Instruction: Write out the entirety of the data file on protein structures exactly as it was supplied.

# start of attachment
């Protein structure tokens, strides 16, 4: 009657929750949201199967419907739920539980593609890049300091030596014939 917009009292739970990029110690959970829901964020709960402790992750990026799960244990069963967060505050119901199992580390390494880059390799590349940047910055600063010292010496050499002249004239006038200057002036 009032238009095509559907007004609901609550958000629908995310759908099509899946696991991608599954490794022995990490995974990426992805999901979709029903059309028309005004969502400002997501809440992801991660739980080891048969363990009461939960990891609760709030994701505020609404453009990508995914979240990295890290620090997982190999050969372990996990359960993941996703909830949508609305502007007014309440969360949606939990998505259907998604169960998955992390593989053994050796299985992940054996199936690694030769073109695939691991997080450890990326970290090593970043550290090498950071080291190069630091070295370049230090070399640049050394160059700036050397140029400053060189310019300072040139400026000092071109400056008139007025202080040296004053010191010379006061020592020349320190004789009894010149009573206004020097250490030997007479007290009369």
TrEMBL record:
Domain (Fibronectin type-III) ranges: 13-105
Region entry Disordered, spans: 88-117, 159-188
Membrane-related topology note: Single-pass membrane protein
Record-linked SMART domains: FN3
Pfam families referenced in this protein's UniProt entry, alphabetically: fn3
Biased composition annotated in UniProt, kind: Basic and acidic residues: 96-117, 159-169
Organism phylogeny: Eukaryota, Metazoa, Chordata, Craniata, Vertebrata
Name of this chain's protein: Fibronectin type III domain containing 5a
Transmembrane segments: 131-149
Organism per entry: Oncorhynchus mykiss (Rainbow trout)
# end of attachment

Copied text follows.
């Protein structure tokens, strides 16, 4: 009657929750949201199967419907739920539980593609890049300091030596014939 917009009292739970990029110690959970829901964020709960402790992750990026799960244990069963967060505050119901199992580390390494880059390799590349940047910055600063010292010496050499002249004239006038200057002036 009032238009095509559907007004609901609550958000629908995310759908099509899946696991991608599954490794022995990490995974990426992805999901979709029903059309028309005004969502400002997501809440992801991660739980080891048969363990009461939960990891609760709030994701505020609404453009990508995914979240990295890290620090997982190999050969372990996990359960993941996703909830949508609305502007007014309440969360949606939990998505259907998604169960998955992390593989053994050796299985992940054996199936690694030769073109695939691991997080450890990326970290090593970043550290090498950071080291190069630091070295370049230090070399640049050394160059700036050397140029400053060189310019300072040139400026000092071109400056008139007025202080040296004053010191010379006061020592020349320190004789009894010149009573206004020097250490030997007479007290009369």
TrEMBL record:
Domain (Fibronectin type-III) ranges: 13-105
Region entry Disordered, spans: 88-117, 159-188
Membrane-related topology note: Single-pass membrane protein
Record-linked SMART domains: FN3
Pfam families referenced in this protein's UniProt entry, alphabetically: fn3
Biased composition annotated in UniProt, kind: Basic and acidic residues: 96-117, 159-169
Organism phylogeny: Eukaryota, Metazoa, Chordata, Craniata, Vertebrata
Name of this chain's protein: Fibronectin type III domain containing 5a
Transmembrane segments: 131-149
Organism per entry: Oncorhynchus mykiss (Rainbow trout)